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Famous Like Me > Actress > S > Meera Syal

Profile of Meera Syal on Famous Like Me

Name: Meera Syal  
Also Know As:
Date of Birth: 27th June 1961
Place of Birth: Wolverhampton, Staffordshire, England, UK
Profession: Actress
From Wikipedia, the free Encyclopedia
Meera Syal

Meera Syal MBE (born June 27, 1961 in Essington, near Wolverhampton) is a British Indian comedian, writer, playwright, singer, journalist and actress. She was born in Wolverhampton and grew up in Essington, a mining village a few miles to the north. Her Punjabi-born parents came to Britain from New Delhi.


Syal won the National Student Drama Award for writing One of Us while studying English and Drama at Manchester University. She spent seven years working for the Royal Court Theatre and won the Betty Trask Award for her first book Anita and Me and the Media Personality of the Year award at the Commission for Racial Equality's annual Race in the Media awards in 2000. She was awarded the MBE in 1997. In 2003, she was listed in The Observer as one of the fifty funniest acts in British comedy.

As a journalist she writes occasionally for The Guardian. She scored a number one record with Gareth Gates and her co-stars from The Kumars at No. 42 with "Spirit In The Sky", the Comic Relief single.

In June 2003 she appeared as a guest on BBC Radio 4's Desert Island Discs programme with a selection of music by Nitin Sawhney, Madan Bala Sindhu, Joni Mitchell, Pizzicato Five, Sukhwinder Singh, Louis Armstrong and others. The luxury which she chose to ease her life as a castaway was a piano!

Personal life

In 2005, Syal married her frequent collaborator, Sanjeev Bhaskar, who plays her grandson in The Kumars at No. 42. She has a daughter, Chameli, from her first marriage to journalist Shekhar Bhatia. which ended in 2002. In 2004, she took part in the BBC series Who Do You Think You Are? which looked into the family histories of various well-known personalities. Syal was surprised to discover both her grandfathers had actively campaigned against British rule in India: one was a communist journalist and the other named a Punjab Martyr in the Golden Temple having been imprisoned and tortured after protesting.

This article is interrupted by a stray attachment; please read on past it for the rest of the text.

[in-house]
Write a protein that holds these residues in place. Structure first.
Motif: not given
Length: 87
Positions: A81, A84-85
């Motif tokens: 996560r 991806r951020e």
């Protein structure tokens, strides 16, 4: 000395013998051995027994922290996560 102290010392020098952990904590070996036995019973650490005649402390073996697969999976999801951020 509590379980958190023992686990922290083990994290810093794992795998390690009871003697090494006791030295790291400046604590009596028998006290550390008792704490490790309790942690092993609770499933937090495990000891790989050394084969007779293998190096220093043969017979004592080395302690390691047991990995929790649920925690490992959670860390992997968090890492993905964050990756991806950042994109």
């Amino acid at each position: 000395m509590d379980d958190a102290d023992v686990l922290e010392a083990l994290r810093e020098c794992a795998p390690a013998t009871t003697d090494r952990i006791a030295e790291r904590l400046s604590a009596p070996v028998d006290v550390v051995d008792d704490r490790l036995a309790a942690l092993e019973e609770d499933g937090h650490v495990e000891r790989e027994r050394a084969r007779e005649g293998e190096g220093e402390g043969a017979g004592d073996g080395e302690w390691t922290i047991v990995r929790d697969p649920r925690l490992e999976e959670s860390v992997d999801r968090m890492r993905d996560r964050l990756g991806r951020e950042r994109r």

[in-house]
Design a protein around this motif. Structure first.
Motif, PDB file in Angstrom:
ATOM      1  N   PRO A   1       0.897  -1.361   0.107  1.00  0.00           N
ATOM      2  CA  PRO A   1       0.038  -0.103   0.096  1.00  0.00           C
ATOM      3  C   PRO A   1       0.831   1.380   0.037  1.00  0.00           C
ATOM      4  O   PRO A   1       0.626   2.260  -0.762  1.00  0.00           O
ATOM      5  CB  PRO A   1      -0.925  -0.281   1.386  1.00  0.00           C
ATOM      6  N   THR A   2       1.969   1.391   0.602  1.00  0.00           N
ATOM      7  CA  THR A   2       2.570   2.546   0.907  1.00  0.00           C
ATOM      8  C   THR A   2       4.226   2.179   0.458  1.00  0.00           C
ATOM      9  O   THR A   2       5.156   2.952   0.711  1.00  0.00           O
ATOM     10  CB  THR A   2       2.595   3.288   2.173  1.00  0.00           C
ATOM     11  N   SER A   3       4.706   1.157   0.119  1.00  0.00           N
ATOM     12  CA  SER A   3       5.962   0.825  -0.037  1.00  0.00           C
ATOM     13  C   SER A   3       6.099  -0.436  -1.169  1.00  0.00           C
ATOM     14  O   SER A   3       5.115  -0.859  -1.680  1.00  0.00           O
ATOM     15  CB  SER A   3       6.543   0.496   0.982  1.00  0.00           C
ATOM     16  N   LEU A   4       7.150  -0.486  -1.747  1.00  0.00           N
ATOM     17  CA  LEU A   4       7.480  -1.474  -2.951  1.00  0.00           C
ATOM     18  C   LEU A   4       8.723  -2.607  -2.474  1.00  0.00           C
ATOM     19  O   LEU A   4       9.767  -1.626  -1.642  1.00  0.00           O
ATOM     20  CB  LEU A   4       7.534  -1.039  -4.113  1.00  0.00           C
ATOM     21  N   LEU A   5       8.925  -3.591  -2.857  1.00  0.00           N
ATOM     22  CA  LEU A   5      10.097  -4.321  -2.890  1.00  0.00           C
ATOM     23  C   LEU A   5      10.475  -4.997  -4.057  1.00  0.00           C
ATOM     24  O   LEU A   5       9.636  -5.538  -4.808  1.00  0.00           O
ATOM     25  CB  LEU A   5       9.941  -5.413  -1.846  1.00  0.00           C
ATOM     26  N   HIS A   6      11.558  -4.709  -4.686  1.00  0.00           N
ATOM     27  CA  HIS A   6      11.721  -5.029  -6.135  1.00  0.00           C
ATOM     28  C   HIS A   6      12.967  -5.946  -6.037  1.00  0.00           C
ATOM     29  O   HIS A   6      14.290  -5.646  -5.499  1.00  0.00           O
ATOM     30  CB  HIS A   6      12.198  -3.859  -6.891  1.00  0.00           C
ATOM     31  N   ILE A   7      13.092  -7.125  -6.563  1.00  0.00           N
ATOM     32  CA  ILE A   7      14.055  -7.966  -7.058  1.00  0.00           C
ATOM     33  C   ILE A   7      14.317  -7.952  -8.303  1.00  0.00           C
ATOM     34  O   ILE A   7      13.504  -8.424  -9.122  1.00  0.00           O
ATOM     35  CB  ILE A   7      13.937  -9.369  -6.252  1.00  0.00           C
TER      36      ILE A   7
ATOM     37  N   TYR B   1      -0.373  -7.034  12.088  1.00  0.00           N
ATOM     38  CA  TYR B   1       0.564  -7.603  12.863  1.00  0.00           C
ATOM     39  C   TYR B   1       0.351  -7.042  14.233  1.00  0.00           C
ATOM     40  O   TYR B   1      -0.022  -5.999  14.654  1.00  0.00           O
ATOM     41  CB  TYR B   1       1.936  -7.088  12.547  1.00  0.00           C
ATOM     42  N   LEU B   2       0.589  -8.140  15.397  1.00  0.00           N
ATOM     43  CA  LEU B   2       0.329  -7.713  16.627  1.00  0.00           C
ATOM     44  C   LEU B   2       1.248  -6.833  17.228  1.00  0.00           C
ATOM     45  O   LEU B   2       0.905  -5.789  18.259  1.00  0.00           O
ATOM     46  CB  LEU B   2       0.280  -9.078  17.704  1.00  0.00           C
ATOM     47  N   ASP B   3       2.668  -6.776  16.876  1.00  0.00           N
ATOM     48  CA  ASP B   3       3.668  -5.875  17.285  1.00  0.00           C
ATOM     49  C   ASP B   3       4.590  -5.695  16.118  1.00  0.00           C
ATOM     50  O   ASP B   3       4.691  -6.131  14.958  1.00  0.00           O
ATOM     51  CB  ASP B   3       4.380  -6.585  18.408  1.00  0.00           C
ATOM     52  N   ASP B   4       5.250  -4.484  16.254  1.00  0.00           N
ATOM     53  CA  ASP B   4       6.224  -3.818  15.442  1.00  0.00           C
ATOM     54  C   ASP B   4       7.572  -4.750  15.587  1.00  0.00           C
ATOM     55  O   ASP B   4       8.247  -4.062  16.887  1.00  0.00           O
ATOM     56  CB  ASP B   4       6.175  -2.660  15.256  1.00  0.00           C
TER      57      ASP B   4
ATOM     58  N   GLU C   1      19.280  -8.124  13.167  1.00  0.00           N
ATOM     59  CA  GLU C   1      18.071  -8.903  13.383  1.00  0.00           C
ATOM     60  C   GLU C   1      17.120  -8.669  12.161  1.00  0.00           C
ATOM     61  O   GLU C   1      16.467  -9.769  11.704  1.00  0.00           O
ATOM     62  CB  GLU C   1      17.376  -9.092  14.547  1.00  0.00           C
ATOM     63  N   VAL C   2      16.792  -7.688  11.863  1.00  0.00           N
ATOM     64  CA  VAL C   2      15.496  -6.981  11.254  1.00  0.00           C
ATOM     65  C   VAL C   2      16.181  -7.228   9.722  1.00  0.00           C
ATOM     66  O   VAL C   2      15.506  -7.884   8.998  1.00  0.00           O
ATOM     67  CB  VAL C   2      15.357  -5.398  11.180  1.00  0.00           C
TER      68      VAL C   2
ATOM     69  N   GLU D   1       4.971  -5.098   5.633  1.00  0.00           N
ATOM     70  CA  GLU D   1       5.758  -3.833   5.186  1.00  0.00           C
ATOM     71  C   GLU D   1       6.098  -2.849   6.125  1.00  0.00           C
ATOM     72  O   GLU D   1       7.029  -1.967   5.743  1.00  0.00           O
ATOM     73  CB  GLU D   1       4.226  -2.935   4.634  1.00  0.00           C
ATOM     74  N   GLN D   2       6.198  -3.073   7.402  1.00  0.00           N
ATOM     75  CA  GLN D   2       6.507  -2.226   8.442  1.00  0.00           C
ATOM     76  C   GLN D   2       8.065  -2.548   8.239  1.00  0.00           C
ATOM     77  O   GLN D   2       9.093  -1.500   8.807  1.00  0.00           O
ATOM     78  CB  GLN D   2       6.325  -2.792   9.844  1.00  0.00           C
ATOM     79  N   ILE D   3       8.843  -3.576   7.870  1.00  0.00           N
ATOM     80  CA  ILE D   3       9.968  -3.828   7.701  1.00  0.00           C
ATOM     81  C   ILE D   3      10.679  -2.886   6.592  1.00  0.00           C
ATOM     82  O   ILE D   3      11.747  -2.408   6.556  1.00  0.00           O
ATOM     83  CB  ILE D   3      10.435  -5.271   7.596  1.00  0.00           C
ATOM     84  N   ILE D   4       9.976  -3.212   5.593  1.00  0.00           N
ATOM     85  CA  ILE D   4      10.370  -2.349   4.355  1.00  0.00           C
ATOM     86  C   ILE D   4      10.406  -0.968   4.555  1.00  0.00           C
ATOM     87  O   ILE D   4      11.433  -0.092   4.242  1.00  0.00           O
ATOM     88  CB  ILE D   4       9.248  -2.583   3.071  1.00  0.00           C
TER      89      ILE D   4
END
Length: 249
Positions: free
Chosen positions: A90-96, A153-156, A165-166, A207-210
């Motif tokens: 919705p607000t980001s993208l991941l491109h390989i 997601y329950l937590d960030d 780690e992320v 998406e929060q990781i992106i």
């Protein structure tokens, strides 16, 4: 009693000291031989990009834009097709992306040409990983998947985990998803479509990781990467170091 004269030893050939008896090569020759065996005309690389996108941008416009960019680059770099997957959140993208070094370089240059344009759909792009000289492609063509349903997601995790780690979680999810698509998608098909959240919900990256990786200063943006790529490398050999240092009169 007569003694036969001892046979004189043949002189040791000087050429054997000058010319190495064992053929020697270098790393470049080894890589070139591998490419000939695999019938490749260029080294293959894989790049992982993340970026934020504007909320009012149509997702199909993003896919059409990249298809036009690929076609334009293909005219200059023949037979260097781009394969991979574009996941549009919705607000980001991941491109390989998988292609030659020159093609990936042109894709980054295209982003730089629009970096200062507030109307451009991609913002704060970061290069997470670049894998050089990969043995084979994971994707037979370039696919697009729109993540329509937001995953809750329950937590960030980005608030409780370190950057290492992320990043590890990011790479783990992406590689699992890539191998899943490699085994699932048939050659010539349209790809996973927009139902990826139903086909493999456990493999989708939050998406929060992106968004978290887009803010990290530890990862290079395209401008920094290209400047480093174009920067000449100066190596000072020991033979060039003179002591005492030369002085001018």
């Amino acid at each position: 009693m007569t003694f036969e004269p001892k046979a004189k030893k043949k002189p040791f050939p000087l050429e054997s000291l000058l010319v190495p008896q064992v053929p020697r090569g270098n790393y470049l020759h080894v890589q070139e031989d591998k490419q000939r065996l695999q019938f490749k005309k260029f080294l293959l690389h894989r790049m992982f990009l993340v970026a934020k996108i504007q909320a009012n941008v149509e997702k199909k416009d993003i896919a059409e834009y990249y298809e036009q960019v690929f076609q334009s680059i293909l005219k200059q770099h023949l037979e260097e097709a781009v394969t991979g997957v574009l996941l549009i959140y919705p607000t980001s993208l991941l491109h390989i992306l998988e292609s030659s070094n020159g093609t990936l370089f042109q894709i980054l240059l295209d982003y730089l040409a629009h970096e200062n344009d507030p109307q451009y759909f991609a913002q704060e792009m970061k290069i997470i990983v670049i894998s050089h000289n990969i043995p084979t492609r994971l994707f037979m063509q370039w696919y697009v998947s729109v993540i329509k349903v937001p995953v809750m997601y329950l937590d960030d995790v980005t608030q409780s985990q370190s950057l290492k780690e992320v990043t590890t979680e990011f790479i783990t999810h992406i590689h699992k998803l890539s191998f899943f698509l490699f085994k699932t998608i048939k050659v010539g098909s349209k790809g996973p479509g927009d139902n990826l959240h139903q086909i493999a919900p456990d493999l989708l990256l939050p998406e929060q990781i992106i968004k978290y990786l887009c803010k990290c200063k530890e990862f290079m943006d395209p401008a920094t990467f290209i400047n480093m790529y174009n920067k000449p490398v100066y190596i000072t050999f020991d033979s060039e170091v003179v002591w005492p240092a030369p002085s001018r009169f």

In August 2005 she announced she was expecting a child with Sanjeev Bhaskar.


  • Anita and Me (1996)
  • Life Isn't All Ha Ha Hee Hee -



  • Anita and Me
  • A Little Princess (1986)
  • A Nice Arrangement
  • Beautiful Thing (1996)
  • Crossing The Floor (1996)
  • Flight (1995)
  • Girls' Night (1997)
  • Gummed Labels (1992)
  • It's Not Unusual
  • No Crying He Makes (1998)
  • Sammie and Rosie Get Laid (1987)

Writing credits

  • Anita and Me
  • Bhaji on the Beach


  • One of Us
  • Bombay Dreams


  • Goodness Gracious Me
  • Legal Affairs (1996)
  • The World As We Know It (1999)



  • Absolutely Fabulous
  • All About Me
  • Bad Girls
  • Band of Gold (1995)
  • The Book Quiz (1998)
  • The Brain Drain (1993)
  • Degrees of Error (1995)
  • Drop The Dead Donkey (1996)
  • Goodness Gracious Me
  • Have I Got News For You
  • Keeping Mum (1998)
  • The Kumars at No. 42
  • Late Lunch (1999)
  • Life Isn't All Ha Ha Hee Hee (2005)
  • New Best Friend (1994)
  • The Real McCoy
  • Room 101 (1999)
  • Ruby (1997)
  • Sean's Show (1993)
  • Sunday East (1986-1987)
  • Who Do You Think You Are?

Writing credits

  • Life Isn't All Ha Ha Hee Hee (2005)
  • My Sister Wife
  • Tandoori Nights

Academic reception

The book Anita and Me has found its way onto school and university English syllabuses both in Britain and abroad. Scholarly literature includes:

  • Rocío G. Davis, "India in Britain: Myths of Childhood in Meera Syal's Anita and Me", in Fernando Galván & Mercedes Bengoechea (ed.), On Writing (and) Race in Contemporary Britain, Universidad de Alcalá 1999, 139-46.
  • Graeme Dunphy, "Meena's Mockingbird: From Harper Lee to Meera Syal", in Neophilologus 88, 2004, 637-59.

This content from Wikipedia is licensed under the GNU Free Documentation License. It uses material from the Wikipedia article Meera Syal